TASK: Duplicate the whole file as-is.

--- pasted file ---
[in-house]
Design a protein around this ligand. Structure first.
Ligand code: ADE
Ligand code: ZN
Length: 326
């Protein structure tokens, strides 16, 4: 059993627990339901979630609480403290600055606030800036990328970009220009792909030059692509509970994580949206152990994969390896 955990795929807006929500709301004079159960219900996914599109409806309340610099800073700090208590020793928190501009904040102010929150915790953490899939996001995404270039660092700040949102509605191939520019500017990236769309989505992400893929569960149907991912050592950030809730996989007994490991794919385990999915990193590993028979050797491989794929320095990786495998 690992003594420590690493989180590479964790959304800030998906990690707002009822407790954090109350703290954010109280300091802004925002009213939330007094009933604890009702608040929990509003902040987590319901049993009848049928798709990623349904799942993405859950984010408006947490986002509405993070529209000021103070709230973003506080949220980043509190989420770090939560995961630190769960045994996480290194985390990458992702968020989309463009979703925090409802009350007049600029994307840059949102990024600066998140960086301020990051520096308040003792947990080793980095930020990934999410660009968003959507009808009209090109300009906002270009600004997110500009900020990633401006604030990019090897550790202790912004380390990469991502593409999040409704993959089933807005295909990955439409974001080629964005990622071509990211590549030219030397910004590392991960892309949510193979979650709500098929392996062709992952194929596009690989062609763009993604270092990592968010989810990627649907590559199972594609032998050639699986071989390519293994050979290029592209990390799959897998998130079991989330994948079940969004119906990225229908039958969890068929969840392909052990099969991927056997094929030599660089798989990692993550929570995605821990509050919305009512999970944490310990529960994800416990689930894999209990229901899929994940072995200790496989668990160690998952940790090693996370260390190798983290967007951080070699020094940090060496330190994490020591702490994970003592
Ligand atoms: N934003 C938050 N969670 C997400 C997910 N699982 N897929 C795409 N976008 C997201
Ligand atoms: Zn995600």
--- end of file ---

[in-house]
Design a protein around this ligand. Structure first.
Ligand code: ADE
Ligand code: ZN
Length: 326
């Protein structure tokens, strides 16, 4: 059993627990339901979630609480403290600055606030800036990328970009220009792909030059692509509970994580949206152990994969390896 955990795929807006929500709301004079159960219900996914599109409806309340610099800073700090208590020793928190501009904040102010929150915790953490899939996001995404270039660092700040949102509605191939520019500017990236769309989505992400893929569960149907991912050592950030809730996989007994490991794919385990999915990193590993028979050797491989794929320095990786495998 690992003594420590690493989180590479964790959304800030998906990690707002009822407790954090109350703290954010109280300091802004925002009213939330007094009933604890009702608040929990509003902040987590319901049993009848049928798709990623349904799942993405859950984010408006947490986002509405993070529209000021103070709230973003506080949220980043509190989420770090939560995961630190769960045994996480290194985390990458992702968020989309463009979703925090409802009350007049600029994307840059949102990024600066998140960086301020990051520096308040003792947990080793980095930020990934999410660009968003959507009808009209090109300009906002270009600004997110500009900020990633401006604030990019090897550790202790912004380390990469991502593409999040409704993959089933807005295909990955439409974001080629964005990622071509990211590549030219030397910004590392991960892309949510193979979650709500098929392996062709992952194929596009690989062609763009993604270092990592968010989810990627649907590559199972594609032998050639699986071989390519293994050979290029592209990390799959897998998130079991989330994948079940969004119906990225229908039958969890068929969840392909052990099969991927056997094929030599660089798989990692993550929570995605821990509050919305009512999970944490310990529960994800416990689930894999209990229901899929994940072995200790496989668990160690998952940790090693996370260390190798983290967007951080070699020094940090060496330190994490020591702490994970003592
Ligand atoms: N934003 C938050 N969670 C997400 C997910 N699982 N897929 C795409 N976008 C997201
Ligand atoms: Zn995600």